Appeals Court finds Inference of Age Discrimination

mEGAPHONEA federal appeals court panel recently overturned the dismissal of an age discrimination case brought by a border patrol agent in Arizona against the U.S. Department of Homeland Security (DHS).

The U.S. District Court of Appeals for the Ninth Circuit in San Francisco, CA, ruled in France v. Johnson that Arizona DHS Agent John M. France presented sufficient evidence to proceed in his claim that he was denied a promotion by the DHS in violation of the Age Discrimination in Employment Act of 1967.

In March 2007, Robert Gilbert was appointed Tucson Sector Chief Patrol Agent and established a pilot program named “Architecture for Success” which created an opportunity for a promotion to a pay grade of GS-15.  Four candidates were selected for promotion; they were aged 44, 45, 47 and 48. France, the oldest applicant at age 54, was not selected.

The DHS argued that France lacked leadership, flexibility and innovation.  Gilbert stated that France failed an interview for promotion because he had a big mouth and did not know “when to turn it on or off.”

A key factor was evidence that Gilbert had repeated retirement discussions with France after France said he did not want to retire.

In June 2007, Gilbert asked France if he was interested in teaching firearms as a “rehired annuitant” after retirement but France responded that he did not want to retire. A few months later, Gilbert asked France what he was going to do and France told Gilbert that he was going to apply for promotion to a GS-15 position. Gilbert allegedly responded that if he were in France’s position, he would retire as soon as possible. The appeals court panel said the timing of Gilbert’s retirement discussion with France was significant because the opportunity for promotion was posted in January 2008 and the promotion decisions were made in June 2008.

In addition, France testified that Gilbert remarked that he preferred “young, dynamic agents.”

The appeals court said that standing alone the retirement discussions and Gilbert’s remark might constitute “thin support” for age discrimination but together they create an inference of age discrimination and show that the DHS’ argument was simply a pretext..

The appeals court  adopted a rule from the U.S. Court of Appeals for the Seventh Circuit in Chicago, IL,  that a rebuttable presumption of age discrimination exists when there is an age difference of ten years or more between a plaintiff and his/her comparators (i.e. selected candidates).  In this case, the age gap was less than ten years but the appeals court said that France had presented additional evidence showing that DHS considered his age to be significant.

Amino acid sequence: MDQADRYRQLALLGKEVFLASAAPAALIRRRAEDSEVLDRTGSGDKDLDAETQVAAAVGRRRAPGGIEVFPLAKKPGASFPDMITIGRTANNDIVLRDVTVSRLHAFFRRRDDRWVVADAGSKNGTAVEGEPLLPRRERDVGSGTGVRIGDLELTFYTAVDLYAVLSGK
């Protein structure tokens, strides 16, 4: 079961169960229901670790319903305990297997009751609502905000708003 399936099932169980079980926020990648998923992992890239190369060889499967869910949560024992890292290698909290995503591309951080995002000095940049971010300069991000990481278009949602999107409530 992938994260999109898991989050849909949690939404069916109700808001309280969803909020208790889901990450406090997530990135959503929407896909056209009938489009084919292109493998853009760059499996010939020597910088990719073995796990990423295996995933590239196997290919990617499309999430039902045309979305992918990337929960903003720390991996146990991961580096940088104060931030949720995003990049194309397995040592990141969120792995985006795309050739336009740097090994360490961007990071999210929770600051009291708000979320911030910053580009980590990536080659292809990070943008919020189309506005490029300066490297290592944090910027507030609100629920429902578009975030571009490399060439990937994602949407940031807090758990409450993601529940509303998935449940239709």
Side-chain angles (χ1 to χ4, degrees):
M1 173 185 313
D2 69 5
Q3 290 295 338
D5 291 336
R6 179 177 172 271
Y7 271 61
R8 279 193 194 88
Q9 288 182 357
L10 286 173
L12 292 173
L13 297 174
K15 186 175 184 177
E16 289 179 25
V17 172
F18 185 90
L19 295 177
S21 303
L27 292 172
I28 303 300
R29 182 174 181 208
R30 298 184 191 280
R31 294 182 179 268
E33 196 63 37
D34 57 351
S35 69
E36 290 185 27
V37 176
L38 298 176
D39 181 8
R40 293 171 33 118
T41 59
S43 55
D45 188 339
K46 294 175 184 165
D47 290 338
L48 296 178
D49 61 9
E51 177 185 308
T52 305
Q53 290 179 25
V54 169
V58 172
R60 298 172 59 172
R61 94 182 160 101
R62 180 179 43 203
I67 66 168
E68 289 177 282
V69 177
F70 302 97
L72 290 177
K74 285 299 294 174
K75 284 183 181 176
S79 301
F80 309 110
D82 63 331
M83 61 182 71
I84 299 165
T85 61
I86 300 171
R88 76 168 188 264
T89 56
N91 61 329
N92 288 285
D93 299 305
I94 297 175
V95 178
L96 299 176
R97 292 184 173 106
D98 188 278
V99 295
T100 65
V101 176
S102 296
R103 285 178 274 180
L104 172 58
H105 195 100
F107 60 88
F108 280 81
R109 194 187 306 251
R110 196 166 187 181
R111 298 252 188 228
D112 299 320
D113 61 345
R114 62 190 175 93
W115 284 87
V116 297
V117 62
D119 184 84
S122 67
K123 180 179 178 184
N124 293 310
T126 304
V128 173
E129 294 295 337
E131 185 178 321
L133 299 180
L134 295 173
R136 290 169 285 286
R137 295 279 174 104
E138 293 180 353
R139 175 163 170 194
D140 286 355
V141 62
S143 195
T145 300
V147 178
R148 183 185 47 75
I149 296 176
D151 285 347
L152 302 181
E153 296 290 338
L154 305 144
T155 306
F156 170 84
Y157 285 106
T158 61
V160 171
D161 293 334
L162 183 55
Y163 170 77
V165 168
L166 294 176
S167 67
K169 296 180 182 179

Even though Gilbert was not the final decision maker, the appeal court said a reasonable jury could infer that Gilbert’s role in the decision-making process was “significant and influential.” Gilbert was one of a panel of decision makers who interviewed Gilbert but the final decision was made by the DHS Deputy Commissioner. The appeals court said that a “speaker of discriminatory statements need not be the final decision maker of an employment decision.” The court said the plaintiff can establish a causal link by providing the speaker “influenced or was involved in the decision or decision-making process.”

“In the total circumstances … we conclude that France, although less than ten years older than his replacements, has established a prima facie case of age discrimination by showing the agency considered age in general to be significant in making promotion decisions, and that Gilbert considered France’s age specifically to be pertinent in considering France’s promotion,” ruled the panel.

The panel included Circuit Judges Barry G. Silverman, Ronald M. Gould, and Andrew D. Hurwitz. The decision was written by Gould.

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